SEATTLE – A former police officer arrested in the 1957 murder of an Illinois girl told The Associated Press in a jailhouse interview Thursday night that he has an "iron-clad alibi" and had nothing to do with her disappearance or death.
Jack Daniel McCullough, 71, insisted that he wants justice to be done for 7-year-old Maria Ridulph, whose disappearance terrified the small farming town of Sycamore, about 50 miles west of Chicago. But in an interview conducted through glass at a King County Jail visiting room, he stuck to the same alibi he gave when first questioned by investigators more than half a century ago, when he was 18: that he could not have committed the murder because he had traveled to Chicago that day for military medical exams before enlisting in the Air Force.
"I have an iron-clad alibi," he said. "I did not commit a murder."
McCullough lived near the girl and matched the description of the suspect given by Ridulph's 8-year-old friend, Cathy Sigman, who last saw her on Dec. 3, 1957, at about 6 p.m. Sigman said she left Maria with a young man and ran home to get some mittens; when she returned 15 minutes later, the two were gone.
Maria's remains were found the following April, about 120 miles away.
McCullough was arrested in Seattle last week after investigators said new evidence undermined that story. He's being held on a fugitive charge pending his return to Illinois.
According to a police affidavit in the case, last year, McCullough's high school girlfriend discovered his train ticket to Chicago behind a framed photograph of them -- and it was unused. In the affidavit, detectives wrote that when he was questioned in 1957, he claimed he had traveled to Chicago by train.
Though Sigman was never asked to identify McCullough as the suspect at the time, she picked his photo out of a montage detectives showed her last September, the affidavit said.
The affidavit also alleged that McCullough has a history of molesting girls. McCullough declined to discuss the topic with the AP.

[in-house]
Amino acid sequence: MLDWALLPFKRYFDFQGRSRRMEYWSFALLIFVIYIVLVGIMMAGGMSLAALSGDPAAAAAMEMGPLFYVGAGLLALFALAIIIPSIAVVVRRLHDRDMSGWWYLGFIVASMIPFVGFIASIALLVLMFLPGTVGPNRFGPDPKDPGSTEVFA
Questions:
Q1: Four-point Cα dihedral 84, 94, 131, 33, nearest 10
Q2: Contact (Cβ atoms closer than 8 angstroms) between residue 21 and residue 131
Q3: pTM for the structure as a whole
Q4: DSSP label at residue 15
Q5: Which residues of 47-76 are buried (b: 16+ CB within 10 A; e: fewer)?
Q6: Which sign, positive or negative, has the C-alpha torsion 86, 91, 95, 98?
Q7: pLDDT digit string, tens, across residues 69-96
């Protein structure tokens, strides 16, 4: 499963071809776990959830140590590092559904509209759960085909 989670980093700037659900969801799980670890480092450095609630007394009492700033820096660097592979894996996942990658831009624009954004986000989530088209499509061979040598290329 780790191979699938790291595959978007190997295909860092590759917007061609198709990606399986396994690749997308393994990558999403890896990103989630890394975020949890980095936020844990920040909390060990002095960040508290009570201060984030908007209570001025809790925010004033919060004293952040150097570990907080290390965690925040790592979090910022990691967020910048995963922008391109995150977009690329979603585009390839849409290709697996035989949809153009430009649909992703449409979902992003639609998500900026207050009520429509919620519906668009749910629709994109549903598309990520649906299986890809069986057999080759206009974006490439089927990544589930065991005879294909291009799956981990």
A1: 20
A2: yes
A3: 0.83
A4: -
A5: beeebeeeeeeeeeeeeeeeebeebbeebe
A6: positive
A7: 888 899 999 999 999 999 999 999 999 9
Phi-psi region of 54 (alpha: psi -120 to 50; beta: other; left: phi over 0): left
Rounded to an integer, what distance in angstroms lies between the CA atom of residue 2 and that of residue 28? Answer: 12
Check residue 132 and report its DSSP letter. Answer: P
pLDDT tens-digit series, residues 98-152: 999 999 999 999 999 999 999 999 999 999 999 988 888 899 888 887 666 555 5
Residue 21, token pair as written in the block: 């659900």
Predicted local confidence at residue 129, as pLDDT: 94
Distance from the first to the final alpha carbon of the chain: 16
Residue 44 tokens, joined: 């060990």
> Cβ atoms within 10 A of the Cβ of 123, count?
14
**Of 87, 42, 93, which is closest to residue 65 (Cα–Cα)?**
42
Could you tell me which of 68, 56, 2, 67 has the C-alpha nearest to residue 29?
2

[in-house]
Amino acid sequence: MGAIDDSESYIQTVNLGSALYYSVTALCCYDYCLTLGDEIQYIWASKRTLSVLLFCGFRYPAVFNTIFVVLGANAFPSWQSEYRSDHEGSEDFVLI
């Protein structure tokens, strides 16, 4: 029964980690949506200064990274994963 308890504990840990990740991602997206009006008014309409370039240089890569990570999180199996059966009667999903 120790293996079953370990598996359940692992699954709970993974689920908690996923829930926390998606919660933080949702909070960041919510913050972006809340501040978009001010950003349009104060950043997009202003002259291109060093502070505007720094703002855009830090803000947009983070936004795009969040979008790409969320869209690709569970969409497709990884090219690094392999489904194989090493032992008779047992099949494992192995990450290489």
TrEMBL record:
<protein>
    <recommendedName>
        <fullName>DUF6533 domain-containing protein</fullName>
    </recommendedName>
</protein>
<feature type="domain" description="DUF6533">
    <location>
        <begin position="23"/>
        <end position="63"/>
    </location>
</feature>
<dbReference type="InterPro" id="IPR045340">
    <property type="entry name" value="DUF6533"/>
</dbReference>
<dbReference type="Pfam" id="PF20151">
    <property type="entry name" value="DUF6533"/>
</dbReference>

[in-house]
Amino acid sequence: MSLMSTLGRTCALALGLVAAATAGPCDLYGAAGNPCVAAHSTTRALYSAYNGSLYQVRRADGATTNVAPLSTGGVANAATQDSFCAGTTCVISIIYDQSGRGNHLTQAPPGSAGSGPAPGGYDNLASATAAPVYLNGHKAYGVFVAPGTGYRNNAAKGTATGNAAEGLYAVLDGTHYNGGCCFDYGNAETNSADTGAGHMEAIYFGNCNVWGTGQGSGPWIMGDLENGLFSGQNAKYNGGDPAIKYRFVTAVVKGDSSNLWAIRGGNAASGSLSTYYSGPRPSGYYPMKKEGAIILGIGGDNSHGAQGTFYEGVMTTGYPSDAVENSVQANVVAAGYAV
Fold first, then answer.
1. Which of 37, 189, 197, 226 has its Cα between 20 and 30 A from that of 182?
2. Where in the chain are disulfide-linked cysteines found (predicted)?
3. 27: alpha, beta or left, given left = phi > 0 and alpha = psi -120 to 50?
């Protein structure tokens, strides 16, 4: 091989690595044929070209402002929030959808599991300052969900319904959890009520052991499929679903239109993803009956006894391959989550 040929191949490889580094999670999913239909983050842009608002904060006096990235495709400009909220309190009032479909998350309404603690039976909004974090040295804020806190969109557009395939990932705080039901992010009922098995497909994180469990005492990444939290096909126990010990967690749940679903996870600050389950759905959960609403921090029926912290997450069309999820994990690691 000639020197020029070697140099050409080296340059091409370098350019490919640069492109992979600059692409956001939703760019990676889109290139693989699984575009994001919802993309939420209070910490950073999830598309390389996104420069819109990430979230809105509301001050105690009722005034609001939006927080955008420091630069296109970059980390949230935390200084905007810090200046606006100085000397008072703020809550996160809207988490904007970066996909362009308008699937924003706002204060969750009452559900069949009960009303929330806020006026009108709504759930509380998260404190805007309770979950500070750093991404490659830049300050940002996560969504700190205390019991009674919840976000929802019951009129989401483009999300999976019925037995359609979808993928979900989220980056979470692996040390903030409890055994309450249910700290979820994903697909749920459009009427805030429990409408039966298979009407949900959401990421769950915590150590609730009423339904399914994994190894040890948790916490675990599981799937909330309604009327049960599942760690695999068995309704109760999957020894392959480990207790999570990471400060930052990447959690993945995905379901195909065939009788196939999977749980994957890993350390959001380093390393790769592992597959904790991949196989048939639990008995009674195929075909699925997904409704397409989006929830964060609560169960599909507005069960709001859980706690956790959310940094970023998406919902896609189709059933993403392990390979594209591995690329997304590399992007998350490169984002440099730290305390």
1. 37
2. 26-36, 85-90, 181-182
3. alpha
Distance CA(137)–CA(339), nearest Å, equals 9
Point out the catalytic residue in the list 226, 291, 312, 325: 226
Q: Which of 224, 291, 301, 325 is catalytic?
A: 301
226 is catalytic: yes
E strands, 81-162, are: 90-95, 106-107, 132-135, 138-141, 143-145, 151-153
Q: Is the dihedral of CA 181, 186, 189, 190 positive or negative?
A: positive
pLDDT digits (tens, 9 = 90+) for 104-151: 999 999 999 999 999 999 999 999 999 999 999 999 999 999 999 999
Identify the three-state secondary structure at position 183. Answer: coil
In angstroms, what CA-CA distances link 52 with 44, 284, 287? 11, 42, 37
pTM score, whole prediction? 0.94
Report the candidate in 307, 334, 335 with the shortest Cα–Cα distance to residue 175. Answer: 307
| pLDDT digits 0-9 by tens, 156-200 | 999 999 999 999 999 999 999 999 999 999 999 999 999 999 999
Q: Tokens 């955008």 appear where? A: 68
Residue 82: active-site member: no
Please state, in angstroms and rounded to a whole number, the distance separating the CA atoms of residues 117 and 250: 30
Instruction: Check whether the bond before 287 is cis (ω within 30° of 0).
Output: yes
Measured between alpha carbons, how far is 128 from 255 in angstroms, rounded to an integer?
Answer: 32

McCullough said he didn't remember every detail of what he told the FBI at the time, but he said there's a good reason his train ticket was unused -- he never used it. He says his stepfather gave him a ride to Chicago, and after a long day of physical and psychological tests, he hitched a ride with someone he'd just met to Rockford. From Rockford, a drive of more than 40 miles from Sycamore, he called home to ask his step father to come pick him up.
Investigators wrote in the affidavit that they have verified that a collect call was made from a Rockford pay phone to McCullough's childhood home that night, lasting from 6:57 to 6:59 p.m. If he made that call, he said, "How am I involved in a kidnapping at 6 p.m. in Sycamore? A fifth-grader can figure this out."
He said he didn't believe investigators had ever tried to verify that he was in Chicago that day for medical tests -- and records of that day should still exist at the National Archives repository of military personnel records in St. Louis, he said.
"St. Louis will have records of everything," he said. "If somebody would go there, it would exonerate me."
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